Falcon OverWatch is a team of dedicated, proactive threat hunters that work on your behalf. They constantly search the entire CrowdStrike Threat Graph for anomalous or otherwise new attacker activity. This augments the detection and protection offered by both the Falcon Host product and your in-house Security Operations Center. Often, human investigation is required to identify truly cutting-edge attack techniques.
How It Works
Falcon OverWatch is a team of cyber security experts that does proactive threat hunting across the entire CrowdStrike architecture. This adds a human element to the offering that is often necessary to counter the attackers conducting advanced attacks. The team hunts 24/7 and leverages efficiencies offered by the Falcon Platform to focus their efforts on only the most advanced attacker activity. If such activity is found, they immediately contact you and facilitate remediation and response. This approach allows advanced threat activity to be found in minutes rather than in days, weeks or months – drastically reducing dwell time for the attacker and cost for you.
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How Falcon Overwatch Proactively Hunts for Threats in Your Environment
One of the innovative features of Falcon is OverWatch. In this scenario we will assume that an attacker has owned a machine in our network and is going to carry out a standard set of commands to accomplish their goals. Script based attacks and living off of the land attacks are occurring more and more since they are difficult to detect.
Because no malware or specialized tools are used, these attacks often to go undetected by traditional defenses and allow attackers to go unnoticed for an average of 200 days.
In the demo scenario we are going to assume that an attacker has gained access to an organization, this may be through stolen credentials, an un-patched vulnerability, or maybe just a disgruntled employee. At this point he has access to a command prompt and is going to carry out a set of commands that use built-in tools to accomplish his goals.
The first few command are just reconnaissance. The user confirms that he is a standard user and would like to get admin privileges to carry out his ultimate objective. To do this he’ll run an encoded powershell command in memory in an attempt to avoid detection and obfuscate his intentions.
The command is successful and upon further inspection account credentials for a user “admin” have been stored on this machine at some point.
The attacker will then use these stolen credentials to launch PowerShell with admin privileges. The next step for this user is to establish persistence on this machine so that they can come back at a later time if needed.
To do this the attacker will use the task scheduler to create a reoccurring task to change the functionality of the built-in on-screen keyboard to a command prompt. The on-screen keyboard is available to the user without logging in. This gives the attacker access to the machine even if the admin or local user changes their passwords.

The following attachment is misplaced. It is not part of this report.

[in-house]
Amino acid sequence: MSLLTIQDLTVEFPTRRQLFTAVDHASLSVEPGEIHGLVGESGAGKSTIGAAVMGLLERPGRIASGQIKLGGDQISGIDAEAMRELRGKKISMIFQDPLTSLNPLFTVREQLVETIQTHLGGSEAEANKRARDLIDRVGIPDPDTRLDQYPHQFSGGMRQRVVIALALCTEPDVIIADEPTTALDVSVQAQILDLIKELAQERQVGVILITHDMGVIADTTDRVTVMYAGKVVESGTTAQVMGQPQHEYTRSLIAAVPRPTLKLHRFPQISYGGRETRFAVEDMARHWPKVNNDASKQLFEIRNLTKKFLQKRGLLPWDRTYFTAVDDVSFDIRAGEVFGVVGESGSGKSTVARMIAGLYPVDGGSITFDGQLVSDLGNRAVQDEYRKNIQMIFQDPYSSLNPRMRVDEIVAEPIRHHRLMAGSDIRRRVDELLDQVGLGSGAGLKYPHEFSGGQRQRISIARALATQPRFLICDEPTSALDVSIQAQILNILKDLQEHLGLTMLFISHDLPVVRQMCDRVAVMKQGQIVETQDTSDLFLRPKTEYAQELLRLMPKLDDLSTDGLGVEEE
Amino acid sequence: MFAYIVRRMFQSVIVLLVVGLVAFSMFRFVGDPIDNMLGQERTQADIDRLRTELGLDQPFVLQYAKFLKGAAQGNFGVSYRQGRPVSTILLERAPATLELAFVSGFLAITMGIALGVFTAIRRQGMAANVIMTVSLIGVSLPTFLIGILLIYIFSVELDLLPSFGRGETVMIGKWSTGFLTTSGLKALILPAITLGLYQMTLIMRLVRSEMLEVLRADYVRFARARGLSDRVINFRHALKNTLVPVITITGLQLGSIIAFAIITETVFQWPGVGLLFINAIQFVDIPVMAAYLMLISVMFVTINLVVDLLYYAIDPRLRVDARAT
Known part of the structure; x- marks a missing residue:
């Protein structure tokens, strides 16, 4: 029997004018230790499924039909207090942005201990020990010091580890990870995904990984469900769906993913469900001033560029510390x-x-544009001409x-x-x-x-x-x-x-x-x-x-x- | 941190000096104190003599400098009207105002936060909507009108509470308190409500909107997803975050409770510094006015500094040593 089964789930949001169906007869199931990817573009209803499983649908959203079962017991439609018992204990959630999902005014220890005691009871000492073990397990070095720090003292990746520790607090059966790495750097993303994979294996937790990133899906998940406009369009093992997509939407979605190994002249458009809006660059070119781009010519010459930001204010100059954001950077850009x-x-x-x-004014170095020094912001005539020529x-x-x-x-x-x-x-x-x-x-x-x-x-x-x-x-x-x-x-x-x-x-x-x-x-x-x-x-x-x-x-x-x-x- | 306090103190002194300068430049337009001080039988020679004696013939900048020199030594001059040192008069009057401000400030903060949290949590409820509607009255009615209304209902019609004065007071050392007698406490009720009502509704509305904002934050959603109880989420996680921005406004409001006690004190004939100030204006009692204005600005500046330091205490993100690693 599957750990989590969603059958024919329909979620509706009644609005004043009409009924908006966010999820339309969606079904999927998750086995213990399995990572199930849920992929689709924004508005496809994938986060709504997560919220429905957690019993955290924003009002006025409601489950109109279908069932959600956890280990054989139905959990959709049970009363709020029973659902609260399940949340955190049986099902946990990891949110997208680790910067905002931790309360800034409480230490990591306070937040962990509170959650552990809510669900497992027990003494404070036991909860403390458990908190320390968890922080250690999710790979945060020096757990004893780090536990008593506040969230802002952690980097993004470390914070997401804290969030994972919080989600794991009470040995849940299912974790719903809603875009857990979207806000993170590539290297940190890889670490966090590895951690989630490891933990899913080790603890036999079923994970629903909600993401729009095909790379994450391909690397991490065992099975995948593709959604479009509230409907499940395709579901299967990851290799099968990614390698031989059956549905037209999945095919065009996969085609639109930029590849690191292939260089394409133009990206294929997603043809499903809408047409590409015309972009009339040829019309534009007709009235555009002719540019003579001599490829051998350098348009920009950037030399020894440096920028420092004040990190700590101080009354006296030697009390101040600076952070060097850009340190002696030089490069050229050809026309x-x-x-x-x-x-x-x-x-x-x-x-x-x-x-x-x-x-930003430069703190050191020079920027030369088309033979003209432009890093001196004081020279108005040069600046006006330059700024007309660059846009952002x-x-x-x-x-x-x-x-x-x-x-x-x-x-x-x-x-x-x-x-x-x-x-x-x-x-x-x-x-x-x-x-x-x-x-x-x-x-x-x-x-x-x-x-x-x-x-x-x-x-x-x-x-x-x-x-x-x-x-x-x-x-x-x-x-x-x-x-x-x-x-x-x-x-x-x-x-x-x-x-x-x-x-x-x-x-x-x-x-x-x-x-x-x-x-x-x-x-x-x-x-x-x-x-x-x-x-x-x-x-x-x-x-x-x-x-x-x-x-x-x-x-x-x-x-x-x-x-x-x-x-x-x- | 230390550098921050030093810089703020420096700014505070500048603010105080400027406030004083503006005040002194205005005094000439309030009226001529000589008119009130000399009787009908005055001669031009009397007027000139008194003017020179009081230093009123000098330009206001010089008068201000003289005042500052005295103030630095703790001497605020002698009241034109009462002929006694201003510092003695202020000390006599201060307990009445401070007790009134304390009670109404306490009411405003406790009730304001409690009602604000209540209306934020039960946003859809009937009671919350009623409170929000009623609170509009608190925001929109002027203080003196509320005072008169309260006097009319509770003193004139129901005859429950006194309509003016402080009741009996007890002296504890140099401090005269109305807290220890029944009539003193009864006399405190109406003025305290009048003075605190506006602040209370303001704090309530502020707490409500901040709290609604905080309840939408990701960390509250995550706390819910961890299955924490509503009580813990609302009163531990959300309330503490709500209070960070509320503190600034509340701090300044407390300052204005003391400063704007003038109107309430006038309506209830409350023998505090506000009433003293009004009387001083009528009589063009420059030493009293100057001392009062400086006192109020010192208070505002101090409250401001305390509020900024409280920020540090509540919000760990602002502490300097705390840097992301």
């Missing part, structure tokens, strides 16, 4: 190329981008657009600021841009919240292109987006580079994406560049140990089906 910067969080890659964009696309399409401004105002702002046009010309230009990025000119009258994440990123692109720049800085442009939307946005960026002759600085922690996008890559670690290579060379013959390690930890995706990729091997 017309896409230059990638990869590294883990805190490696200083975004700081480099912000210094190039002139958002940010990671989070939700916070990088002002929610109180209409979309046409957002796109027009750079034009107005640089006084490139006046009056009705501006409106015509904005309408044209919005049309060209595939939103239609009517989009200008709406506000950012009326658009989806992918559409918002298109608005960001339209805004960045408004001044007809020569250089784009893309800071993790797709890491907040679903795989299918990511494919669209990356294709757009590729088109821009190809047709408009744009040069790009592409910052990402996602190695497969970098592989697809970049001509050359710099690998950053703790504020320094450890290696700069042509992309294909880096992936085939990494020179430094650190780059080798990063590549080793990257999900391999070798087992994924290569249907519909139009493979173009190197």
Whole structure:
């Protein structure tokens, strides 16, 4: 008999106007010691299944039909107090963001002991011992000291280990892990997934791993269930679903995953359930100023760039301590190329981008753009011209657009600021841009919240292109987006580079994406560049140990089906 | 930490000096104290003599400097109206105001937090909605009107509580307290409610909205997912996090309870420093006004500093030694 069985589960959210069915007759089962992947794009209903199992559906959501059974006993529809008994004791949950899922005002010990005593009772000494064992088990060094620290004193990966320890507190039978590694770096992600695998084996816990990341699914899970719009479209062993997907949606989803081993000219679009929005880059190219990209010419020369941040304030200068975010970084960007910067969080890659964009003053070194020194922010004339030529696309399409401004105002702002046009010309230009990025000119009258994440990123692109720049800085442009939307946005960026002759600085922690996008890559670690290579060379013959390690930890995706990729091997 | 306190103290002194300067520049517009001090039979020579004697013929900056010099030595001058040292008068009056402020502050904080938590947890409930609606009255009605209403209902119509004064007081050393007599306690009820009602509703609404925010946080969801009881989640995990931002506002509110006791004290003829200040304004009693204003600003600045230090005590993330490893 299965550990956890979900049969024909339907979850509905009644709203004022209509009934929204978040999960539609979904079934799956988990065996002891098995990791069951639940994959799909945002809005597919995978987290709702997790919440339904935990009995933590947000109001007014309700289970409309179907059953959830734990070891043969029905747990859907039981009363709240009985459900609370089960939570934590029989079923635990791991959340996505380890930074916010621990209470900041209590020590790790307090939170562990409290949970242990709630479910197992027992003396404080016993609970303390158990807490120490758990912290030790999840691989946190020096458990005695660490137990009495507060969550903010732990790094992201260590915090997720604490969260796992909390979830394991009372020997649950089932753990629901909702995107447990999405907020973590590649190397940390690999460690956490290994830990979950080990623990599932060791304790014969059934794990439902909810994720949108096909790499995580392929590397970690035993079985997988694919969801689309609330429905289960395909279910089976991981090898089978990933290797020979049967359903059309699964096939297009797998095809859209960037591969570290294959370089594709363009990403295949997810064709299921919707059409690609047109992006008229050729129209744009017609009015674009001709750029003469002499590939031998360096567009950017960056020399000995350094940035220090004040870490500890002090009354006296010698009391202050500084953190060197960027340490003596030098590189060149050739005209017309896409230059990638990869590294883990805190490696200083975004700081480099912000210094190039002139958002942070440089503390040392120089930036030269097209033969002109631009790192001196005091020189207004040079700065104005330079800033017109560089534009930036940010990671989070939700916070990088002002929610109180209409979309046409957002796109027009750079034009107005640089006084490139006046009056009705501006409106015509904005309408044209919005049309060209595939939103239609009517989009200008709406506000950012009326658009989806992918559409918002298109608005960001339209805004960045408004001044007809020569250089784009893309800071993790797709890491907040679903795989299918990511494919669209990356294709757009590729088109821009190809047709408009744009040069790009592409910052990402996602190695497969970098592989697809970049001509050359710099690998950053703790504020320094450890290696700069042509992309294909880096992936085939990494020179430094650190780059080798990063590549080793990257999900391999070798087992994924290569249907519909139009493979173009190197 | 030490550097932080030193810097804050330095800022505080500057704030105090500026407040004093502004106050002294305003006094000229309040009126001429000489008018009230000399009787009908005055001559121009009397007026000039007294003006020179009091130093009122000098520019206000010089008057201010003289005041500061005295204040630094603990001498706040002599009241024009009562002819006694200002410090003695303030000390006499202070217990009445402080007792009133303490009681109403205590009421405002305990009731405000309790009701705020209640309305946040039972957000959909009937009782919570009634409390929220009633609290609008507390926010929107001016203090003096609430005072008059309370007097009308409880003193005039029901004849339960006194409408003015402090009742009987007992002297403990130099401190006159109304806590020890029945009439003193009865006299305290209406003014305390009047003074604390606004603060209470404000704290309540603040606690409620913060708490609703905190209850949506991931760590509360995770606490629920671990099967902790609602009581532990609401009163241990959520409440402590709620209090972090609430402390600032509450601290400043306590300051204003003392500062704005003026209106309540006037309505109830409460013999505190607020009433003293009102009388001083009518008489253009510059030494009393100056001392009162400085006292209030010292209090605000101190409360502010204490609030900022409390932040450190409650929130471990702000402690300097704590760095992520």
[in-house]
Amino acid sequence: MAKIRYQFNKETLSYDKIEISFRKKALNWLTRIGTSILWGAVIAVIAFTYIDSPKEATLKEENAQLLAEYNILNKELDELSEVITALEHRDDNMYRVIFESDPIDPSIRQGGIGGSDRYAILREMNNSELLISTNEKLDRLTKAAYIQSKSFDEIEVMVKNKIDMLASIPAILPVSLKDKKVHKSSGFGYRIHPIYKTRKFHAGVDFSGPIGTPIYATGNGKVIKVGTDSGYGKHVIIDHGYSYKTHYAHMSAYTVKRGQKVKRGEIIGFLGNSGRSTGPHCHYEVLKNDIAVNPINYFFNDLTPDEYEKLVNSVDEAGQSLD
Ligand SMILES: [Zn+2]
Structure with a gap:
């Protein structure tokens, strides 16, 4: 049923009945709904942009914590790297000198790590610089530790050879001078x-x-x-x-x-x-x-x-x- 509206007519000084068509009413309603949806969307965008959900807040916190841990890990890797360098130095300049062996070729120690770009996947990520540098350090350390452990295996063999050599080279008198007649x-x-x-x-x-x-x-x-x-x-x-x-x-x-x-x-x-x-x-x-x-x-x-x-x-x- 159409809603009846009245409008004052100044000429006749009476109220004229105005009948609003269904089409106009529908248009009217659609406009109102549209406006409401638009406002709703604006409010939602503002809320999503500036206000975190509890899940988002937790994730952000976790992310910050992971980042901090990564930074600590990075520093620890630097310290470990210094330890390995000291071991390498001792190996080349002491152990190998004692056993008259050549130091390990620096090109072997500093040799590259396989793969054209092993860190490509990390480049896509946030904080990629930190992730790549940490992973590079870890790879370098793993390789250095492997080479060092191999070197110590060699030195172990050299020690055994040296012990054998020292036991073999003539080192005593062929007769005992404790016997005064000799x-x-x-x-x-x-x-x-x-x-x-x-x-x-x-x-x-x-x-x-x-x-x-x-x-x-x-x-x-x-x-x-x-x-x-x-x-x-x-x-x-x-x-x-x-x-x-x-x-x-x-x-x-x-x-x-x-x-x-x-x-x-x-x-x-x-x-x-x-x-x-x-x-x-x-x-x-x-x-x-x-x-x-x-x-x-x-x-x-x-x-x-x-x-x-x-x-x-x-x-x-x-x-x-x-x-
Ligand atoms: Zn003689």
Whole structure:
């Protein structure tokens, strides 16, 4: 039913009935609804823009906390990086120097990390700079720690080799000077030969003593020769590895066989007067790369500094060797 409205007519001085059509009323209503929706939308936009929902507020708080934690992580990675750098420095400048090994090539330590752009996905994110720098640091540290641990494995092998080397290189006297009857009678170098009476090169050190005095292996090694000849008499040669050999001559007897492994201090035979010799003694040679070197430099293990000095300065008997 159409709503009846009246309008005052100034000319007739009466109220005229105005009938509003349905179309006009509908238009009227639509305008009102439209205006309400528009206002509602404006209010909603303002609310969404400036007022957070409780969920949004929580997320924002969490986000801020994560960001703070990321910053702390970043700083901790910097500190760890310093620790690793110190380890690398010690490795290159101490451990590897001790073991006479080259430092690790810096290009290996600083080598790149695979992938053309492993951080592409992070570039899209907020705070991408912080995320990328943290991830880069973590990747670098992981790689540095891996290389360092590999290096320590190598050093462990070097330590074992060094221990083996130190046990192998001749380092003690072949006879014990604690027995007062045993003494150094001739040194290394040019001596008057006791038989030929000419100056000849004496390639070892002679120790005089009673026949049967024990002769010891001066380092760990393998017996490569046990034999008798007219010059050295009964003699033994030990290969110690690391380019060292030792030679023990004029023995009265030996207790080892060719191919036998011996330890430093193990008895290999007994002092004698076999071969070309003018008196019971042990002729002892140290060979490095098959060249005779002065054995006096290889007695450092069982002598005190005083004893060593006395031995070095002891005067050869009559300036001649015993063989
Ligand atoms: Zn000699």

Even if it is discovered that the on-screen keyboard has been replaced with a command prompt the scheduled task will change that every morning at 9:00.
To create a secondary way to gain access to this machine our attacker will create an additional user account called “webadmin” and give that user admin rights.
Using built-in tools and stolen credentials our attacker has successfully compromised our organization, stolen credentials and elevated privileges to established persistence through both the scheduled task utility and a secondary user. The techniques are designed to evade detection by a traditional AV solutions.
From an attacker perspective the only thing left to do is carry out his objectives, in this case he’s found a directory of interesting information that he’d like to steal. To do this, he’s create a temporary directory, then he’ll copy the contents of the target directory using a built in microsoft tool to compress the files in a .cab format, a format that avoids detection from most DLP solutions.
Then using at FTP server he exfiltrates the data and deletes any artifacts to avoid alerting anyone to his presence.
Our attacker has done everything he can think of to avoid detections. He’s used legitimate credentials, run encoded commands, and created a user account that looks official. He’s even used built-in tools to avoid downloading suspicious tools that may raise suspicions to his actions.
however what our attacker hasn’t accounted on is Falcon. Using the events app we will run a single search query that will return the command history from our victim host. Within seconds ever command used on the system is displayed, we can even see that the attacker was using encoded powershell commands.
Falcon gives the user full visibility into events on every host managed by CrowdStrike. But how would one know to look at a specific machine as closely as we just did?
This is where Falcon OverWatch becomes an invaluable partner in your security portfolio. The activity from this machine is highly suspicious and caught the attention of the OverWatch team. When events like this are discovered in a customer environment they update the customers detection app with an OverWatch alert. Certain activity may also generate an email or at times a phone call.
in the alert and email the observed behavior will be outlined along with a suggested course of action which often included containment and steps for remediation.
OverWatch is that final layer of protection that is put in place to detect the stealthiest attacks. CrowdStrike’s unique capabilities not only provide the deep visibility to investigate targeted attacks but also provides the innovation may it be algorithm based or human based to filter through the data and alert on important events.
For additional information on Falcon OverWatch go to CrowdStrike.com